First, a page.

“No war is over until the enemy says it’s over. We may think it’s over, we may declare it over, but in fact, the enemy gets a vote.” –
Retired Marine Corps Gen. James Mattis
It took the gruesome videos of two American journalists being beheaded by a masked Islamic State (ISIS) butcher, followed since then by more victims, to finally wake Americans to the threat that they face from Islam, but the beheading of a Moore, Oklahoma victim by a man who had been trying to get his co-workers to convert to Islam that brought the threat to the homeland.
The memory of the 9/11 attack on the World Trade Center towers and the Pentagon have long since begun to fade, but Islam has returned to page one with a display of the violence that is the heart and soul of a cult based on the life and teachings of Muhammad.
Don’t call it a religion. And surely do not call it the “religion of peace.” There was nothing peaceful about Islam from its earliest days when the citizens of Mecca came to the conclusion that Muhammad and his followers were a threat to them. That was 1,400 years ago.
If it were in my power, I would require every American to read “It’s All About Muhammad: A Biography of the World’s Most Notorious Prophet” by F.W. Burleigh ($`6.95, Zenga Books).
Instead, I will only highly recommend it as the best way to understand the man who literally invented a so-called religion based on his own pathologies and then, through terror, ensured it spread to the entirety of Arabia in his lifetime.
As the author notes in its introduction, the biography is based almost entirely on the original literature of Islam as well as early biographies, histories, and collections of traditions. Twenty thousand pages of material were given line-by-line scrutiny “because what is written about him in the original literature is disturbing.”
“More than two-thirds of the canonical biographical materials have to do with the violence he used to spread his religion.” It was a short step from Muhammad, the self-proclaimed prophet who later called himself the messenger of Allah, to Alton Nolen, the Muslim convert who is alleged to have beheaded a former co-worker.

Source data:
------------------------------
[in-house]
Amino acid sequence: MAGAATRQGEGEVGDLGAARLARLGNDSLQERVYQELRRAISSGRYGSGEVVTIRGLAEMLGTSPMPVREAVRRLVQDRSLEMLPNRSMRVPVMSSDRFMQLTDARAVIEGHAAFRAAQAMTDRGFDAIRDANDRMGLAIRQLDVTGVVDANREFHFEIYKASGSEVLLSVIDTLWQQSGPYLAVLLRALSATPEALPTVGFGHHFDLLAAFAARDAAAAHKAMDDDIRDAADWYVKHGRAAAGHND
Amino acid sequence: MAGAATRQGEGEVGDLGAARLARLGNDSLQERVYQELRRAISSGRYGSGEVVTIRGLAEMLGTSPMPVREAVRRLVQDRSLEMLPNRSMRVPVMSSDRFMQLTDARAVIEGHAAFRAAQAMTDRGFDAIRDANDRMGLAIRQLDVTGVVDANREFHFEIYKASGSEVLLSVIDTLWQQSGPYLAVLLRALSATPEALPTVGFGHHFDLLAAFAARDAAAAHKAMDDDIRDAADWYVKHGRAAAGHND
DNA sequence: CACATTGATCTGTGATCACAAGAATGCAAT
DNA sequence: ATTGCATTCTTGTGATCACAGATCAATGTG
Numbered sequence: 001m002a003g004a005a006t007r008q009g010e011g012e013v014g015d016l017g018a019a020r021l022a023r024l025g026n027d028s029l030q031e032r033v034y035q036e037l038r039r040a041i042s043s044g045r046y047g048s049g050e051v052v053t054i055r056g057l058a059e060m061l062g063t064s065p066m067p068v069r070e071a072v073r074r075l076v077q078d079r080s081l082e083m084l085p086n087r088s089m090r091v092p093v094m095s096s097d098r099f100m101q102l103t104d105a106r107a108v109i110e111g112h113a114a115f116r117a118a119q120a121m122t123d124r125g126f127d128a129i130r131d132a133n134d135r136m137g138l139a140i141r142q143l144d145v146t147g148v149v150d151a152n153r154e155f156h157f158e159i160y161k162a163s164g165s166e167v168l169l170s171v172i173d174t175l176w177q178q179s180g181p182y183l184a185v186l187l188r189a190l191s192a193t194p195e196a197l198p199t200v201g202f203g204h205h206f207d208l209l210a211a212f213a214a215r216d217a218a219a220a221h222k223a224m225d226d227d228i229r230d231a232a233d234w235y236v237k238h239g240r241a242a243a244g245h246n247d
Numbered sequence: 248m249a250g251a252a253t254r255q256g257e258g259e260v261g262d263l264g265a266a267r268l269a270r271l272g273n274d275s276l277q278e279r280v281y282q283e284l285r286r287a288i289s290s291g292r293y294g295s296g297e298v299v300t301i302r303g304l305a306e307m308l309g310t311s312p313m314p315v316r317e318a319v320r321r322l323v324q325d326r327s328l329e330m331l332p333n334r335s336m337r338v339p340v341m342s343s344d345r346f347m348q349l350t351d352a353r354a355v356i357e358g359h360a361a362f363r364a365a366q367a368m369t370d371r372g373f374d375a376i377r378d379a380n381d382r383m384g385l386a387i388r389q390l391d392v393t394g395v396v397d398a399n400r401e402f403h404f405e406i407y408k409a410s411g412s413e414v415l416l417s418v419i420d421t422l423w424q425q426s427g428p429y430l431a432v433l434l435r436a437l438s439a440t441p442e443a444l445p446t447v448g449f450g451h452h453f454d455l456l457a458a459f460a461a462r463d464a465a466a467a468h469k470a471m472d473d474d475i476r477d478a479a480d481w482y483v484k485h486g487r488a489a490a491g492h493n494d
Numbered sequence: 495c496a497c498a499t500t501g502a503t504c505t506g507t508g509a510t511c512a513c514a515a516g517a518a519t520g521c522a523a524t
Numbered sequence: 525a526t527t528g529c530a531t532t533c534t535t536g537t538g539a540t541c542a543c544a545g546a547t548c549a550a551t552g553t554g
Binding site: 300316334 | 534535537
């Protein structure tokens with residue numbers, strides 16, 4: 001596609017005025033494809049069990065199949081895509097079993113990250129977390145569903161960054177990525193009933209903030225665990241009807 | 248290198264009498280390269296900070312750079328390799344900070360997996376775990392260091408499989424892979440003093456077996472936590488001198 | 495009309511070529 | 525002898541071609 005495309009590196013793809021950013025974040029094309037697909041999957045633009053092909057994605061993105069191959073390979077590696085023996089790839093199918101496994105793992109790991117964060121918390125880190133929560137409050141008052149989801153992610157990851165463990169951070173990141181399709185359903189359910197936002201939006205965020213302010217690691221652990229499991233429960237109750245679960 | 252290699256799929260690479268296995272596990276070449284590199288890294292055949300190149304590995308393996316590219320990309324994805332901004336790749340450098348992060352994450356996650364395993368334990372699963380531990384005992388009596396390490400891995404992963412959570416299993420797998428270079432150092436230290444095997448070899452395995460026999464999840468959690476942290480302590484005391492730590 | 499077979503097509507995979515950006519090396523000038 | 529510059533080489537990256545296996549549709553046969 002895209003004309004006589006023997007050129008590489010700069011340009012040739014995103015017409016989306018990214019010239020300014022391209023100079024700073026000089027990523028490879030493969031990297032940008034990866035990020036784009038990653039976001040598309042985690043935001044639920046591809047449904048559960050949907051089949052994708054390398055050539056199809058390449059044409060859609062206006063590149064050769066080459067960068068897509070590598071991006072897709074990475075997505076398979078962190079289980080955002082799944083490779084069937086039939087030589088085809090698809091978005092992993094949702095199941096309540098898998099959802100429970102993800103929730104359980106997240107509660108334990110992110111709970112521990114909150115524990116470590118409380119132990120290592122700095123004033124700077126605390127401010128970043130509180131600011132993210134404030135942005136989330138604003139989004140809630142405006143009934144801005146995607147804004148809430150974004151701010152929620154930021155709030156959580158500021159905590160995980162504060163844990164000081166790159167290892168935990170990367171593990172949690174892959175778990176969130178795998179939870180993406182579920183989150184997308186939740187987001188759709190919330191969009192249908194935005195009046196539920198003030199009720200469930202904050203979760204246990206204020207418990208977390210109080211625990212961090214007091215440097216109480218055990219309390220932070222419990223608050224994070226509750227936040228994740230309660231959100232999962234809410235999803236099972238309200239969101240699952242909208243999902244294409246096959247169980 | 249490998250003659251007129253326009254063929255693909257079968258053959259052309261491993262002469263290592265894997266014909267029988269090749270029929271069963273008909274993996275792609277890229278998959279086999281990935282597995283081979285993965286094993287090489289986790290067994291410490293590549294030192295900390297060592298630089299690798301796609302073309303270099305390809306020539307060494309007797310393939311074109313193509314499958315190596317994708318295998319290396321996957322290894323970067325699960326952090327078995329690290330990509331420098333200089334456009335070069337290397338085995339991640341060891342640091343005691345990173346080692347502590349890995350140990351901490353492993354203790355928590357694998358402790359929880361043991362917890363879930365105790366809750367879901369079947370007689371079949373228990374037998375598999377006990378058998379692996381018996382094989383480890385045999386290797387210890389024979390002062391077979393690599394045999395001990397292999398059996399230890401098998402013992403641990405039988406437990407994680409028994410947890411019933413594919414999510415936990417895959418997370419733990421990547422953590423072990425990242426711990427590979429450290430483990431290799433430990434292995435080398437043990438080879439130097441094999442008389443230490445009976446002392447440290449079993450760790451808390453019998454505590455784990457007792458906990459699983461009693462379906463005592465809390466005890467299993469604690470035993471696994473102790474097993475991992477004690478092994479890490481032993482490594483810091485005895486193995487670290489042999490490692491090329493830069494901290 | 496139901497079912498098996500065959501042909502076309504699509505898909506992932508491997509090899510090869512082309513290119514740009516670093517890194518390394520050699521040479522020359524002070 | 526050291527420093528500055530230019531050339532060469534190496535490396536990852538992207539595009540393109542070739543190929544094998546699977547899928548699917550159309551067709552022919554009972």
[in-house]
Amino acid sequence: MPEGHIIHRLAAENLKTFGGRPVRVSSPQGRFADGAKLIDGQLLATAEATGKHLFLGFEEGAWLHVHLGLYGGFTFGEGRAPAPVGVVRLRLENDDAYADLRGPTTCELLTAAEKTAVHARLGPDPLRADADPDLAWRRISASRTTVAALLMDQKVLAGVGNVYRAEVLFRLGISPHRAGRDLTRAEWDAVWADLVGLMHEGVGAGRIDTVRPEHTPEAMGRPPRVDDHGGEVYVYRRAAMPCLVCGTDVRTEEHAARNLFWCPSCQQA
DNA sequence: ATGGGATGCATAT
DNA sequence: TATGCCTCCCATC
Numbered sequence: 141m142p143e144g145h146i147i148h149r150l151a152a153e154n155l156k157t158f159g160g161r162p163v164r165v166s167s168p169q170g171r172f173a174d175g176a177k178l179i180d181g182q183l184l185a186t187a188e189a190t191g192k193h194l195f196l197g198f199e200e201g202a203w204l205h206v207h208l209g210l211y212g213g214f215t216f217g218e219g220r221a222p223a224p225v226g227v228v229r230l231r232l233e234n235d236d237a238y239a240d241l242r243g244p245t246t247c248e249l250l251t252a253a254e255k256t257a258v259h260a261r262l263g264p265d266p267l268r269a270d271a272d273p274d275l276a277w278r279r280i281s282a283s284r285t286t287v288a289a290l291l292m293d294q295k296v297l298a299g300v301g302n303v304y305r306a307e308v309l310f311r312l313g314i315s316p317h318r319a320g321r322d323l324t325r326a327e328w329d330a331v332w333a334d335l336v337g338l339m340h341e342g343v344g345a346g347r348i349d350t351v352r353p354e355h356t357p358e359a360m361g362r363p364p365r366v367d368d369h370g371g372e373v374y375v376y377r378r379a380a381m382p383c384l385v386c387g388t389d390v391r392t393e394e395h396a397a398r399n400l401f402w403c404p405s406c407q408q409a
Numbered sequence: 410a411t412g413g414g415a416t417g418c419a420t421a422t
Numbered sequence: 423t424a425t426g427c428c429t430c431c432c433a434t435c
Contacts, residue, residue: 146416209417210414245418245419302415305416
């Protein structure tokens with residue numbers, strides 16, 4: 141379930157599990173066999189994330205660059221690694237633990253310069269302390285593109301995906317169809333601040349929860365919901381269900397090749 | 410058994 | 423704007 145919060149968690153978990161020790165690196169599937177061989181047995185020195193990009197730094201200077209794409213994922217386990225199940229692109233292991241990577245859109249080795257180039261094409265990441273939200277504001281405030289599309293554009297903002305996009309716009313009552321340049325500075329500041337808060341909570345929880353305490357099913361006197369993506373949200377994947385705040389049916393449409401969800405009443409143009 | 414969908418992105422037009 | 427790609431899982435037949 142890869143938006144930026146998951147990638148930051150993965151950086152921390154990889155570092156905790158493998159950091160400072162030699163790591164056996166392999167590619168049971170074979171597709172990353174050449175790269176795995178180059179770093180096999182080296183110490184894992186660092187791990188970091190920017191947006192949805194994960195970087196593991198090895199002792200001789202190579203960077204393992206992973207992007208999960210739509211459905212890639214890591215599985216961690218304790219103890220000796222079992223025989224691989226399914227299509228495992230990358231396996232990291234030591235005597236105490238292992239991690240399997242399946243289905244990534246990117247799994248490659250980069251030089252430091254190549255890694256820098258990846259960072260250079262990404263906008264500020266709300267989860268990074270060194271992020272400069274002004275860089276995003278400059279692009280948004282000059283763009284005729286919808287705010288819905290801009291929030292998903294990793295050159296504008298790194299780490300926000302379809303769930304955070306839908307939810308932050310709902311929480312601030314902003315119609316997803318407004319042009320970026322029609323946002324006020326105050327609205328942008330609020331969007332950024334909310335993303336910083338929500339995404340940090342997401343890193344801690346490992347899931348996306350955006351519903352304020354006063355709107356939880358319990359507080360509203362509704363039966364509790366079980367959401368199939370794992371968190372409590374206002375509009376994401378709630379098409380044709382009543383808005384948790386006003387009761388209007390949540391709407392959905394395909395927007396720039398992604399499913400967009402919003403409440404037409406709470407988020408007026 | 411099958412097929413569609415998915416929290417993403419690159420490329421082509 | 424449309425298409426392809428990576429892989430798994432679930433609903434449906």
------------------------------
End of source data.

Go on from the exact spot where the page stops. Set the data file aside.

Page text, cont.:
What is little known about Muhammad is that he suffered from epileptic fits throughout his life and had had a troubled youth that would have unhinged anyone. A fortunate marriage at age 24 took him out of a life of low status and poverty. His wife was twenty years his senior, a woman of wealth. Though a grave concern in an era when the fits were seen as demon possession, Muhammad began to interpret them as the voices of Allah and his angels, particularly Gabriel.
“It was during this period of emotional and intellectual upheaval that his overcharged brain, wracked by doubts and suffering, came to his rescue in the form of a series of spectacular hallucinatory experiences that convinced him he was unique and had been singled out by God for a special purpose. This took place in A.D. 610 when Muhammad was forty years old.”
“His belief became unshakable and later became content of much of the Koran and his later ruthless behavior as pillage, rape, the enslavement of men, women, and children, and other atrocities he perpetrated—make such a belief beyond ludicrous.”
“It was sufficient for Muhammad to think something for it to become the truth. He was convinced that whatever came into his head came from Allah.” For ages insane asylums have been filled with such people.
As Muhammad drew followers to himself and to the exacting rituals he created for Islam, he enriched himself and them with acts of banditry, attacking caravans and then attacking tribes, particularly Jewish ones, to build a mountain of stolen wealth. Burleigh notes that the Koran has a chapter “entitled ‘The Spoils of War’” that “transformed Muhammad’s religion into an organized-crime enterprise for its approval of plunder.” He told his believers “Enjoy what you take in war” for it is “lawful and good.”
Again, it is a short step from his era to the present one in which believers have united to create the Islamic State (ISIS) by war and to begin to steal the wealth of Syria from the sale of its oil on the black market. Imposing themselves on a large area of Iraq, ISIS is simply an extension of al Qaeda and al Qaeda is an expression of Muhammad’s demand that Islam become the sole religion of the world, exacting a subjugation tax from any who would not convert.
Burleigh concludes his book saying “Muhammad was a diseased genius, an epileptic psychopath with a clever tongue who believed God talked to him, a toxic mixture that transformed him over time into a mass murderer and a despot pushing a delusional religion.”